Stuart Broad: "If I get in the team, everything is going to be left on that field"

GEORGE DOBELL AT LORD'S: Neither Broad or Anderson should have anything to prove at this stage. If they never bowled another delivery, they could walk off into the sunset knowing that had enjoyed outstanding careers


To watch Stuart Broad in training over the last couple of days, you would never guess he had played 152 Tests.

While James Anderson, the only specialist seamer in history to have played more Tests, has prepared for the New Zealand series in typical fashion – easing himself into sessions and ensuring he peaks for that first morning – Broad has charged in.

Perhaps, on a level, he feels he has a point to prove. Certainly his spell to his new captain, Ben Stokes, on Monday made a persuasive case for selection. Or perhaps he is simply relishing being back in these surroundings. After a few months out of the side – out of the squad, even – he looks as enthusiastic and committed as at any time in his career.

That probably shouldn't be a surprise. You can't play that amount of Test cricket without extreme passion for your sport. To do so as a bowler, ignoring the missing toe nails, the horrible blisters, the inevitable pains and strains that are part of the life of a seamer, is incredible.

Neither Broad or Anderson should have anything to prove at this stage. If they never bowled another delivery, they could walk off into the sunset knowing that had enjoyed outstanding careers. They don't need the money – neither of them will struggle for opportunities beyond the playing field – and they don't need the accolades. They've been key parts of sides which have achieved everything they could have reasonably hoped to achieve and a great deal more besides. But here they are, as hungry as ever, and prepared to be judged once more at an age where previous generations had long since taken a role in the commentary boxes.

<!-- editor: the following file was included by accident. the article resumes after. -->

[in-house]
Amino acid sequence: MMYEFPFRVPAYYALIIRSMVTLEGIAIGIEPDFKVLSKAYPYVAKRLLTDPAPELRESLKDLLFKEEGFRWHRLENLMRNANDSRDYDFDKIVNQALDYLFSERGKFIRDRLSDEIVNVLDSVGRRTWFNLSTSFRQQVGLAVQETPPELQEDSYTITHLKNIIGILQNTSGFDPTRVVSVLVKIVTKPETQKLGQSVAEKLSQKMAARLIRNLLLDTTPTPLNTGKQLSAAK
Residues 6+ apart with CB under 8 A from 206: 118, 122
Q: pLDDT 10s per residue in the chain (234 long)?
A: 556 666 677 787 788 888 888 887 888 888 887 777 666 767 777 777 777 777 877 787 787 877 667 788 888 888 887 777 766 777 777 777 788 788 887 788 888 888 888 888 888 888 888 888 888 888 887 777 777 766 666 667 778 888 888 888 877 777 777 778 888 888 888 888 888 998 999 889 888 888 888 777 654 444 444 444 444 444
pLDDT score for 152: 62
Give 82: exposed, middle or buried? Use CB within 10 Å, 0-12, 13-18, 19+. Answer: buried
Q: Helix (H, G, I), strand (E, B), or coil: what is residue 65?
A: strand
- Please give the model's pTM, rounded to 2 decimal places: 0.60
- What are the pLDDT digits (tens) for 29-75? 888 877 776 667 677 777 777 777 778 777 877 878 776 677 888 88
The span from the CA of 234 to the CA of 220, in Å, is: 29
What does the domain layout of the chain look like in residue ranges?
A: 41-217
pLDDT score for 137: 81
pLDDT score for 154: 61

"I was enthusiastic [at training] and I think that's something I'm going to carry into each day," he said from Lord's on Tuesday. "Because there's no doubt when the team was in the West Indies I missed it. I wished I was there. It just makes you realise that, yes, these careers don't go on forever. You've got to get as much out of it as you possibly can and enjoy it.

"So yes, I loved it. I loved charging in. It was great to see the coaches again who I'd not seen for a long time and it was just a really good, vibrant feel around the changing-room as it should be before the first Test of the summer. We should all be flying and have amazing energy. I think every sports person has to prove their worth all the time."


Stuart Broad and James Anderson could be back in tandem at Lord's (GarethCopley/Getty Images)

You suspect Brendon McCullum's ethos is music to his ears. "Brendon said one basic thing to explain what his mindset is: you chase every ball as hard as you can until it's at the boundary," Broad explained. "That is just a mindset of positivity all the time. You are going to give everything to this game and then we'll reflect on whatever happens.

"I'm taking my mindset back to the stage where I had played zero Test cricket and have zero experience. You don't look too far ahead when you make your Test debut; you're just excited to play the next game. I just want to feel fresh and attack the strategy at Lord's, leave my heart and soul on this field and move on."

Broad dismisses the suggestion he might have considered retirement following the decision to omit him from the squad that went to the Caribbean. And he stresses that a key difference in the current regime to the previous one, is a commitment to focus on the here and now rather than planning for the future.

"No, I never felt that was it for me at Test level," he says. "I feel, particularly when I look back to Sydney and Hobart, I bowled nicely. I felt I still have a lot to offer to the team. As a professional sportsperson, if you don’t believe you're one of the best bowlers in the country then you're stuffed.

"So in my mind, I believed I was in the best bowling group, particularly in England. Missing out in the West Indies was disappointing but my mindset was right: I'm thought I’m going to take March off, get really fresh and buzzing to play and come back with Notts, build up slowly but ready to strike at the right time.